The Liver and nipples are connected through the Liver Channel. To deal with low lactation due to this specific pattern, the Liver needs to be pacified and Qi needs to be moved by eliminating Stagnation. Only when the Stagnation is removed from the Liver Channel that connects to the breasts can the new mum can be encouraged to promote lactation.
Snake Gourds (Gua Lou) is the key herb for Gua Lou San, a formula used for mastitis caused by Liver Qi Stagnation
Typical symptoms for mastitis caused by Liver Qi Stagnation: Fever Blister Headaches Depression Mood swings Breast pain Irritability Breast lumps Constipation Breast redness Breast hardness Breast distention Uneven milk supply Breast skin cracks Breast pus discharge Breast skin ichiness White spots on nipples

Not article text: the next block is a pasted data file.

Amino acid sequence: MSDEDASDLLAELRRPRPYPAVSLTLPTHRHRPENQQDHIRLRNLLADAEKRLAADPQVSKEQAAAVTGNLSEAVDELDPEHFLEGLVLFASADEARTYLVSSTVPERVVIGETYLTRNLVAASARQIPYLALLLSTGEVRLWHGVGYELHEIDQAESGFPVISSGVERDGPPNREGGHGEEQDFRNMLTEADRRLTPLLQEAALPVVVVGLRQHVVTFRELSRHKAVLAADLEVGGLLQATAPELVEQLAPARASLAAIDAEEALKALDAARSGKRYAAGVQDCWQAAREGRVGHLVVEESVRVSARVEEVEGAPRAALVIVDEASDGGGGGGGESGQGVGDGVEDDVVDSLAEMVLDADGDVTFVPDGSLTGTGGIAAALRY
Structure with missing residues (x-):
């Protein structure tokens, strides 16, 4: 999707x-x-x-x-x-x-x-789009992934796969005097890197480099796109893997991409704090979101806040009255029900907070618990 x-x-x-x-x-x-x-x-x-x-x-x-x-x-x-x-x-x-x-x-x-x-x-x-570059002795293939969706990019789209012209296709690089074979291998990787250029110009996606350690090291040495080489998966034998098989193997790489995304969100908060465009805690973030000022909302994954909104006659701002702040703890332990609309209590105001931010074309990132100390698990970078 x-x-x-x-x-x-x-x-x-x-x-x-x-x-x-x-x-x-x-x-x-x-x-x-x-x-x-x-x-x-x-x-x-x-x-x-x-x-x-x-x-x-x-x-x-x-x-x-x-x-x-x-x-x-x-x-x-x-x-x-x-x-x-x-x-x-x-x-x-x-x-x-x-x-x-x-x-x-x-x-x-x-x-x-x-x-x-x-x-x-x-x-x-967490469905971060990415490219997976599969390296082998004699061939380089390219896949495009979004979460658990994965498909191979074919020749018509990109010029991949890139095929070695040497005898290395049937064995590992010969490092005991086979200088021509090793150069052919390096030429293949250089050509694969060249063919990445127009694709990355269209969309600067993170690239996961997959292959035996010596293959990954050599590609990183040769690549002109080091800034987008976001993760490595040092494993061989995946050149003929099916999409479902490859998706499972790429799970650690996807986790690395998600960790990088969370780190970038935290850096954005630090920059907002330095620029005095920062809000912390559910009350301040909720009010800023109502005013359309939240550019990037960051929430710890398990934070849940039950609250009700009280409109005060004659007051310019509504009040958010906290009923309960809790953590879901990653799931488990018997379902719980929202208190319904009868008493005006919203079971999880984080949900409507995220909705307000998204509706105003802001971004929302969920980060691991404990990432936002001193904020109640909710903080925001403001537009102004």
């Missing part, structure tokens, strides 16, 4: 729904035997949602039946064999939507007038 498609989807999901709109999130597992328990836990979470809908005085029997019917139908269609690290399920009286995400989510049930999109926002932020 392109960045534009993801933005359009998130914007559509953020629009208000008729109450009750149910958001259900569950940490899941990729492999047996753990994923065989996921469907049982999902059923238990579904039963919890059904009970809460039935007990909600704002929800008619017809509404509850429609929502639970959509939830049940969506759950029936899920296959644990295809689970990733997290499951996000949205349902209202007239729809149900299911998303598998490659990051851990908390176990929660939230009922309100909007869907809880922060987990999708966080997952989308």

Recommended herbal formulas: Unblock Nursing Tea, Gua Lou San
If a nursing mother is easily impacted by anger and her emotions are repressed, her Qi will rebel upwards and stagnate in the Liver, which connects to the nipples through the Liver Channel. This leads the milk ducts or nipple orifices to clog, milk cannot come out and thus forms lumps or nodules in the breasts. The nursing mother feels swelling and hardness in the breasts and a strong sharp pain during breastfeeding. Sometimes, only one of the breasts' nipples are clogged and it leads to an...Read more about mastitis
Liver Qi Stagnation may be transmitted to the Stomach causing Qi Stagnation there.
The free flow of Qi of all Organs can be disturbed in case of Liver Qi Stagnation. It is especially the case for the Heart as it houses the Mind and it can easily sense the emotional stress causes by Liver Qi.
Stagnant Liver Qi may become Rebellious (i.e. abnormal flow) but not vice versa: Rebellious Liver Qi cannot give rise to Liver Qi Stagnation.
When Qi Stagnation is chronic (i.e. has been stagnating for a long time), it "implodes" and gives rise to Heat, which can then transform into Fire.